The Economist’s Oath

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Economics is today among the most influential of all professions.  Economists alter the course of economic affairs and deeply affect the lives of current and future generations. Yet, virtually alone among the major professions, economics lacks a body of professional ethics to guide its practitioners. Over the past century the profession consistently has refused to adopt or even explore professional economic ethics. As a consequence, economists are largely unprepared for the ethical challenges they face in their work.

The Economist’s Oath challenges the economic orthodoxy. It builds the case for professional economic ethics step by step—first by rebutting economists’ arguments against and then by building an escalating positive case for professional economic ethics. The book surveys what economists do and demonstrates that their work is ethically fraught. It explores the principles, questions, and debates that inform professional ethics in other fields, and identifies the lessons that economics can take from the best established bodies of professional ethics. The book investigates the reforms in economic education that would be necessary to recognize professional ethical obligations, and concludes with the Economist’s Oath, drawing on the book’s central insights and highlighting the virtues that are required of the “ethical economist.”

The Economist’s Oath seeks to initiate a serious conversation among economists about the ethical content of their work. It examines the ethical entailments of the immense influence over the lives of others that the economics profession now enjoys, and proposes a framework for the new field of professional economic ethics.

In The Media


Journal of Economic Literature 2011, Sharon Oster
International Review of Applied Economics 2014, Sheila Dow
Review of Political Economy 2012, Robert F. Garnett
Erasmus Journal for Philosophy and Economics 2011, Julian Wells


“Can anyone doubt that economists need a good dousing in ethics?  George DeMartino does just that.  He does so, not in anger, but with the calm and persuasive tone of an author who knows his subjects and gives full airing to those who may disagree.  He has written a book on ethics that is itself ethical.  It is a valuable and novel contribution to a profession that keeps repeating its errors.  How do we make them listen?” –Jeff Madrick, author of The Case for Big Government

“DeMartino has broken with the economist’s oath never to discuss oaths.  It’s about time.  Economists are taught in graduate school that about ethics one should not dispute, which gives them a warrant to ignore ethics in their science.  The teaching is philosophically naive and politically silly.  A science of the economy, and certainly an economist advising the prince, depends on ethical commitments, such as the elementary one to seek the truth, or to do no harm, or to support democracy, or to help the poor.  DeMartino has courageously opened the conversation, with a masterful command of economics and of English style.” –Deirdre N. McCloskey, author of Bourgeois Virtues: Ethics for an Age of Commerce and The Cult of Statistical Significance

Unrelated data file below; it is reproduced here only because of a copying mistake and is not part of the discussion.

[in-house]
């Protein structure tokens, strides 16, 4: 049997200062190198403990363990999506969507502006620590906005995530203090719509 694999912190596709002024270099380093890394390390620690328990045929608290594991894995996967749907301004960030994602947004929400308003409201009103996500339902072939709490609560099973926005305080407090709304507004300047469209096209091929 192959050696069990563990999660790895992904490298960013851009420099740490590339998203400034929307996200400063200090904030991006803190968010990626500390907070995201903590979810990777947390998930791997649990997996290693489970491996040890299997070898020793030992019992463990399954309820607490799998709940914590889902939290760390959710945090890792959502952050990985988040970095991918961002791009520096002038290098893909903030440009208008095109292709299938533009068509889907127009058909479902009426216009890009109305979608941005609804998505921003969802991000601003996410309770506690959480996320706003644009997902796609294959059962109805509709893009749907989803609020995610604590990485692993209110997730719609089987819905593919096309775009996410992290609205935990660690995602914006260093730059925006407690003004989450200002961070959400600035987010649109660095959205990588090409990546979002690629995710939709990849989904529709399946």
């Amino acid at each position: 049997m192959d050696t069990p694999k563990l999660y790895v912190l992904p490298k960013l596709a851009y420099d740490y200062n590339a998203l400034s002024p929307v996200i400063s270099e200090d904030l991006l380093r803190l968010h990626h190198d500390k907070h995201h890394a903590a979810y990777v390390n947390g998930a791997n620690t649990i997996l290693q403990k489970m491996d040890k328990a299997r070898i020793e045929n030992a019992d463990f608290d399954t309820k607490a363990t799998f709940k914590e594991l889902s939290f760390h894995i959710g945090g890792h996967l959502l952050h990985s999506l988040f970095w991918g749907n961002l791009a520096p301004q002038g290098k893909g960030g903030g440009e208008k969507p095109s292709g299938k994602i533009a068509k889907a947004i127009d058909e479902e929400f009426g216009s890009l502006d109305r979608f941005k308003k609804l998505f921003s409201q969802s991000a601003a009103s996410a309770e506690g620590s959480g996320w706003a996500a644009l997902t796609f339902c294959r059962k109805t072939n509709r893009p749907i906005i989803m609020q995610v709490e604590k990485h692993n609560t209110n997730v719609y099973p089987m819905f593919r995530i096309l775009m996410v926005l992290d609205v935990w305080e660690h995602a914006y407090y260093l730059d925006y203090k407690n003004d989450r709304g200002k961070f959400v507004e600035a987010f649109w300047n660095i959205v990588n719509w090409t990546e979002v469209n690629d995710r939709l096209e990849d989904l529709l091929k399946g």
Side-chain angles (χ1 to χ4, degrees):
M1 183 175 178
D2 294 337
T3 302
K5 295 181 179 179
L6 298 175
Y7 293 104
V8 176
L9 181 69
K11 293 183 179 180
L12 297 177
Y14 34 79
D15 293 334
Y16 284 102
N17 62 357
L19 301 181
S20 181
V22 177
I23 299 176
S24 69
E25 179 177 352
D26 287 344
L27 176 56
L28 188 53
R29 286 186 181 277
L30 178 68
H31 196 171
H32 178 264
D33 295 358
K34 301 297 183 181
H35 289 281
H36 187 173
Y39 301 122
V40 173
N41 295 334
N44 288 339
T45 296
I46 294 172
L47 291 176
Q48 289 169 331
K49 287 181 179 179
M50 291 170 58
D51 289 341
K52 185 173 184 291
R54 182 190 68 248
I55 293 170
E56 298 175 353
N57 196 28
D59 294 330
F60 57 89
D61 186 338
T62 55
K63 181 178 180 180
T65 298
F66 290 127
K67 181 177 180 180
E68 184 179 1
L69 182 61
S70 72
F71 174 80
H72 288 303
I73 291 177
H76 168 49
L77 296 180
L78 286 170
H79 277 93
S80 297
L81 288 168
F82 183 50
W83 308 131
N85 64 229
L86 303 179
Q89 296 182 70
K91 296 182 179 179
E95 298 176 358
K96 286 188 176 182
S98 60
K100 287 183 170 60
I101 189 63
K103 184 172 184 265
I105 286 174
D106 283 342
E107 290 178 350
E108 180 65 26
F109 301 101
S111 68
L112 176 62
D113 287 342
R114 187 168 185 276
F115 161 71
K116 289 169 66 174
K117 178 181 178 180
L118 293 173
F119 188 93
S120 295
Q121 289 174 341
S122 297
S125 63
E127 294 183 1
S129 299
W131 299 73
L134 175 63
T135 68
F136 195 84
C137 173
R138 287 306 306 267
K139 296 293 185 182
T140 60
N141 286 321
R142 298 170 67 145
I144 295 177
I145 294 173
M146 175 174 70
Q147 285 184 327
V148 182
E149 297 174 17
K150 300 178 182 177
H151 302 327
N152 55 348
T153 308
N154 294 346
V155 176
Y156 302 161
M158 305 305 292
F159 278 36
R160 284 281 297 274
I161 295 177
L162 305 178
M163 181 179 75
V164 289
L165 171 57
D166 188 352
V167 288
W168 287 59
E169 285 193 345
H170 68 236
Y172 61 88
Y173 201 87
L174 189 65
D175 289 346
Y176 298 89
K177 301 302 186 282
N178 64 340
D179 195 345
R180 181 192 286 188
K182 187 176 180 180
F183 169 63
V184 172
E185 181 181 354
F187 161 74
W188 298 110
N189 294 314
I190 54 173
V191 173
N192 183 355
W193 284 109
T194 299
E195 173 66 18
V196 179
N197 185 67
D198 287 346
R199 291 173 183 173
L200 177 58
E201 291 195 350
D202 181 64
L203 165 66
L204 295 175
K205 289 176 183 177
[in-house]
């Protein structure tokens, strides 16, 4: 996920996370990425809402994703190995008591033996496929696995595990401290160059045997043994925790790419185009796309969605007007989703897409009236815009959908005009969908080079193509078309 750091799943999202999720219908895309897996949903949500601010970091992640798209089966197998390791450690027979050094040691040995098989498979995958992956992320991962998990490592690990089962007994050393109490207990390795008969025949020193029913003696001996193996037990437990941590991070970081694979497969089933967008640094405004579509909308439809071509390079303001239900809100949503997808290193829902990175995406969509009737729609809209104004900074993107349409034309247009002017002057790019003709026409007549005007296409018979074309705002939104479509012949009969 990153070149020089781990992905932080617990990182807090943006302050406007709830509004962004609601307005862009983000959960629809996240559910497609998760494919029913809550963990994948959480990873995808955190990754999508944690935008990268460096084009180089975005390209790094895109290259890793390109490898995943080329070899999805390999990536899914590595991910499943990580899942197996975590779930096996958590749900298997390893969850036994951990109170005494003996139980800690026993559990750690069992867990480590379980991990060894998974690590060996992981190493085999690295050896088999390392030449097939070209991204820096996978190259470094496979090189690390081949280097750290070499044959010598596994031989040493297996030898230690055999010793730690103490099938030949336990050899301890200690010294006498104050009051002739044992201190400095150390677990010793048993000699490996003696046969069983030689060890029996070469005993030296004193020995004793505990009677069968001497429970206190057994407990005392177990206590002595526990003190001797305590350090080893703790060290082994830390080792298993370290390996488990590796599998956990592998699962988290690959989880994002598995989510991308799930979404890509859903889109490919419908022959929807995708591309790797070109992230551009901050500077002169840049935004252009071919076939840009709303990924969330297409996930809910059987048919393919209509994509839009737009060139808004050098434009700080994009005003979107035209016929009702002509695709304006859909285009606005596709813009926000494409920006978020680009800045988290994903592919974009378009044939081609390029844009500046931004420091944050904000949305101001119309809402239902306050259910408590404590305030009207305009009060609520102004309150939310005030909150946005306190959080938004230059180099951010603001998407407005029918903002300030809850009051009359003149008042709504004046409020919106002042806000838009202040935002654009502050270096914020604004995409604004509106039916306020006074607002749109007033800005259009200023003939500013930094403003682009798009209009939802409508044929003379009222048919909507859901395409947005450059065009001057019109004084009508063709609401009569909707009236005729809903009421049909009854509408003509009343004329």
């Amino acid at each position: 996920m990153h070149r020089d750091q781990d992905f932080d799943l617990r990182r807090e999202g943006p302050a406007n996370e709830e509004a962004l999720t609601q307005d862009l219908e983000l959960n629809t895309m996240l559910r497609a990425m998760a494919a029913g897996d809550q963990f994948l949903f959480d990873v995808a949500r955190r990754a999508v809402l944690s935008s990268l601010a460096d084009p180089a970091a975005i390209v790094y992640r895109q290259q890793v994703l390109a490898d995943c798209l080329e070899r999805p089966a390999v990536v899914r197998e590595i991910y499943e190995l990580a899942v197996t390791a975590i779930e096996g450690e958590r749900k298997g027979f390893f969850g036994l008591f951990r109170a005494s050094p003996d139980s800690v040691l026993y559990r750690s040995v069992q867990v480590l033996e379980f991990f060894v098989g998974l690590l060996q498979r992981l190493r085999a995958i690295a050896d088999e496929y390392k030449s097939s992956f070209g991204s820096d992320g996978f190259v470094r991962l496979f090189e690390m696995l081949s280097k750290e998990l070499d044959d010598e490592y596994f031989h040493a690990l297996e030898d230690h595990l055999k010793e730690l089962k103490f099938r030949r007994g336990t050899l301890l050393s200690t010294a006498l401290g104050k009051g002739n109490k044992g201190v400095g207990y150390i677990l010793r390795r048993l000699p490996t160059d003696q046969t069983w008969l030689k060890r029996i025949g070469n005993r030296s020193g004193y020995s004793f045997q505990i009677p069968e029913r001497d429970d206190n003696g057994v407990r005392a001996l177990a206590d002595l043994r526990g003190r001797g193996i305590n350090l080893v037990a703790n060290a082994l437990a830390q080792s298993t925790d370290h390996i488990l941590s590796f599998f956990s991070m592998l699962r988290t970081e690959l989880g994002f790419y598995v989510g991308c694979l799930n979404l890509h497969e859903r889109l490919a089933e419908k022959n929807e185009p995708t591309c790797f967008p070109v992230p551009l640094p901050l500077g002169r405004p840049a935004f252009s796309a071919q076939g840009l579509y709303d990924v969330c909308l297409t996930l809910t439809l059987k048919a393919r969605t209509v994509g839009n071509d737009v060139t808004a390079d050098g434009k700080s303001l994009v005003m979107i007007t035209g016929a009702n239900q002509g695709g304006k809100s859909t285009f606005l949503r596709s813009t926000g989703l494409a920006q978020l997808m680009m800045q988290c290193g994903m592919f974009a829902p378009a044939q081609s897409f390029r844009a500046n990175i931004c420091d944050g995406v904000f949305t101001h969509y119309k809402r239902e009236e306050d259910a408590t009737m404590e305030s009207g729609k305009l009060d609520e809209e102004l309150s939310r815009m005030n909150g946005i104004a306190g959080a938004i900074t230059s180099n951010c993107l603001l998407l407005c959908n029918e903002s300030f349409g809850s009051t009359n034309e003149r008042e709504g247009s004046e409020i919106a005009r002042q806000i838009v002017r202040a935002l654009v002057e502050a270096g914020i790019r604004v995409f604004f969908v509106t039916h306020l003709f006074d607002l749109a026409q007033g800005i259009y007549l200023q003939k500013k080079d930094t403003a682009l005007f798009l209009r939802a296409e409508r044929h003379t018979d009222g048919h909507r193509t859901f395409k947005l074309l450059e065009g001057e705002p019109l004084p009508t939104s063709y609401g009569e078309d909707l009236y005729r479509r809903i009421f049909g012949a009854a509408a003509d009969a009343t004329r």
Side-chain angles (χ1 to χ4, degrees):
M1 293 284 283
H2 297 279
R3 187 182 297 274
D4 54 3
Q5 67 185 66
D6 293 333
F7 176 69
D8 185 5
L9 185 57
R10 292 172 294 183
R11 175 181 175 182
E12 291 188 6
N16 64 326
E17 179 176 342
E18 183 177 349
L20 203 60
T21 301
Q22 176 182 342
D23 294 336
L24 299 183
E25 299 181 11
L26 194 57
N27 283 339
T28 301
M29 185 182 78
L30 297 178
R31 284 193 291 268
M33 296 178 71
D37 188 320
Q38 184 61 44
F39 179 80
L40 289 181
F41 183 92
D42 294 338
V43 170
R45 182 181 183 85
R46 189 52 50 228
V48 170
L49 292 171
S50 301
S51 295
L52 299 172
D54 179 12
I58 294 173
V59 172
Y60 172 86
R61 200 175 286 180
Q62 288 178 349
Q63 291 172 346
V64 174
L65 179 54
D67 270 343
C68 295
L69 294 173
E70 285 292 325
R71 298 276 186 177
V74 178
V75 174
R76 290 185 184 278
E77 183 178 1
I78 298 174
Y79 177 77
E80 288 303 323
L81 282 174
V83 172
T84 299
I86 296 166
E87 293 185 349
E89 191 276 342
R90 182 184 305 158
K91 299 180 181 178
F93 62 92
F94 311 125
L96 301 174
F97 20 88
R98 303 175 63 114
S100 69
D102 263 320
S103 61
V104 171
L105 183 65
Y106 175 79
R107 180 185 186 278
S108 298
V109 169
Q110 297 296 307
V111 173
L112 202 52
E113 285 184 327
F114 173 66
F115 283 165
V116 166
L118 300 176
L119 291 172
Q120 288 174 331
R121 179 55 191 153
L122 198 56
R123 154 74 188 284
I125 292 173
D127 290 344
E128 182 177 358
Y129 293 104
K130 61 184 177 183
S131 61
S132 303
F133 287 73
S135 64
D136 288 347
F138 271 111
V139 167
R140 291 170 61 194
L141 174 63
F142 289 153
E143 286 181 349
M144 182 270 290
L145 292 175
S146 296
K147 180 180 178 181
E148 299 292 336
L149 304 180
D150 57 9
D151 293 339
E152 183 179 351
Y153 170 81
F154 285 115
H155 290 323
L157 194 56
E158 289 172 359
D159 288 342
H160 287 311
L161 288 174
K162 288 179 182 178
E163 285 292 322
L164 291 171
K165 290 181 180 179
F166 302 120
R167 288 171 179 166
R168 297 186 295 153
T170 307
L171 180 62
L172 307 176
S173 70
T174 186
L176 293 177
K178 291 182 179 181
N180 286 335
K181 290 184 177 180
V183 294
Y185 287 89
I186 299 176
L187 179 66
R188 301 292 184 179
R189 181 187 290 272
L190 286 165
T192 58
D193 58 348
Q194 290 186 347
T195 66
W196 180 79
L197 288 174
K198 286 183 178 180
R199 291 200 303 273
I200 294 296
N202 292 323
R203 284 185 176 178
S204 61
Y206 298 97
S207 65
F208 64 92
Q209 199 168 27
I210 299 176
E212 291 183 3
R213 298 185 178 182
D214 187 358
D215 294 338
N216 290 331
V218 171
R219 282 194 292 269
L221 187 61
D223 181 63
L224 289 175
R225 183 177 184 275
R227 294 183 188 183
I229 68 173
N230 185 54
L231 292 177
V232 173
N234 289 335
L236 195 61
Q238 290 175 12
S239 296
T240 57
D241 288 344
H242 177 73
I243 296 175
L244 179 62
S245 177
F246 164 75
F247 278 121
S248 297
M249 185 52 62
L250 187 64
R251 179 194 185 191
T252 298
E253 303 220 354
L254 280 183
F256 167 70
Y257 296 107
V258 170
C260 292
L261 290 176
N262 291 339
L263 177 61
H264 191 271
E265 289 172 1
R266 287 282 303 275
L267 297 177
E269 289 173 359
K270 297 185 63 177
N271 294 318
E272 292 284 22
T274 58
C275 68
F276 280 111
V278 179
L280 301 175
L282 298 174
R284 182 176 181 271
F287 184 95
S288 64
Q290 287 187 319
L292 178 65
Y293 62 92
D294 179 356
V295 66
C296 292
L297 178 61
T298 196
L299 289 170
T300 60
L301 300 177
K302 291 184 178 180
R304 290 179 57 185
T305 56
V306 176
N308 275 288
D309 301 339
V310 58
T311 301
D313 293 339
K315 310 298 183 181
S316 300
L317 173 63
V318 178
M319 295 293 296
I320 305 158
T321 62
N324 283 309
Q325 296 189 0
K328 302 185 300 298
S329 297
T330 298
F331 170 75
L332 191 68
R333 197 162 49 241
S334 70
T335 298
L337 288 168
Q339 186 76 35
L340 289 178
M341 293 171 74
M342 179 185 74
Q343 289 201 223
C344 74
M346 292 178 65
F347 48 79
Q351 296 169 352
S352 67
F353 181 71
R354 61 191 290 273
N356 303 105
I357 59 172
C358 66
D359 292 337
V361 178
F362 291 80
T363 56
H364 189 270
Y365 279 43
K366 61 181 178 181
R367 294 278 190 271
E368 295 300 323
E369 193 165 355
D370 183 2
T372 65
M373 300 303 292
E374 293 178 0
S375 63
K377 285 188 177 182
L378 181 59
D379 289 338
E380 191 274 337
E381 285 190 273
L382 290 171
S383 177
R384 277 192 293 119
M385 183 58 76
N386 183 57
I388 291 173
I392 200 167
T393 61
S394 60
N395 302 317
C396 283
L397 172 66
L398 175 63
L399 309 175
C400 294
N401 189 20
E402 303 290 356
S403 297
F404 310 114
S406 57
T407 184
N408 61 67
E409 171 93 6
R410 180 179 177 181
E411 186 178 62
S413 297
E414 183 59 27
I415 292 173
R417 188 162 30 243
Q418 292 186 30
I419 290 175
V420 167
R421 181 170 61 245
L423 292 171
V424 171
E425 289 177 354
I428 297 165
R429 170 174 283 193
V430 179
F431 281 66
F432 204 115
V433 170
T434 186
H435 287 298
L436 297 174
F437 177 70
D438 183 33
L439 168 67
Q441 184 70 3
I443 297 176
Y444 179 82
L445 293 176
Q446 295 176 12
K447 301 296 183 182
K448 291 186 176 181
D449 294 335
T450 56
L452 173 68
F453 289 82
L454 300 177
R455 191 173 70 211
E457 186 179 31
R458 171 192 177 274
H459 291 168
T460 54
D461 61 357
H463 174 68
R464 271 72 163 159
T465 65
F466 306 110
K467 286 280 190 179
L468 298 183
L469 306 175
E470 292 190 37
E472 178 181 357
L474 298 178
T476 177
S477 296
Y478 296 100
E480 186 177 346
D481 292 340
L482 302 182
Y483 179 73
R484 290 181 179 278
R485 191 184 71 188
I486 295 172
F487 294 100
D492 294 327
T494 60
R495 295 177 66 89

“In The Economist’s Oath, George DeMartino reminds us that what economists do matters deeply-economic policies and interventions affect the rights, opportunities and life chances of people everywhere. This book should provoke careful consideration by economists, human rights advocates and others of what it means to be an ‘ethical economist.’” –Mary Robinson, former President of Ireland, former UN High Commissioner for Human Rights, founder and President of Realizing Rights: The Ethical Globalization Initiative

“In The Economist’s Oath George DeMartino presents the elements of professional ethics, notably principles of prudence and autonomy well-known to doctors and engineers, and he demonstrates their neglected relevance to economists. Careful, respectful and  without rancor or rush-to-judgment, this beautifully-argued book is a warning about economics today and a challenge to economists to come.” –James K. Galbraith, The University of Texas at Austin and author of The Predator State: How Conservatives Abandoned the Free Market and Why Liberals Should Too

“Economists matter. They have influence and power; what they do affects people’s lives. With influence comes responsibility. All too often economists don’t even consider those responsibilities. They should, and this book will help them do so.” –David Colander, CAJ Distinguished Professor of Economics, Department of Economics, Middlebury College

“Economists rarely seem to think about the ethics of their profession. This book makes a powerful case as to why they should and what professional ethics would mean.” –Dean Baker, Co-Director, Center for Economic and Policy Research

“The economics profession today faces a crisis of confidence and identity.  This partly stems from a blindness to ethical factors in economic policy advising and making.  The Economist’s Oath is a major contribution to the necessary rethinking of professional economic conduct.” –Robert H. Nelson, University of Maryland

“It is remarkable that the economics profession has failed to produce a code of ethics. The Economist’s Oath is a wake-up call not only to professional economists but to everyone who relies upon their judgment and advice-in short, to all of us.” –James K. Boyce, University of Massachusetts, Amherst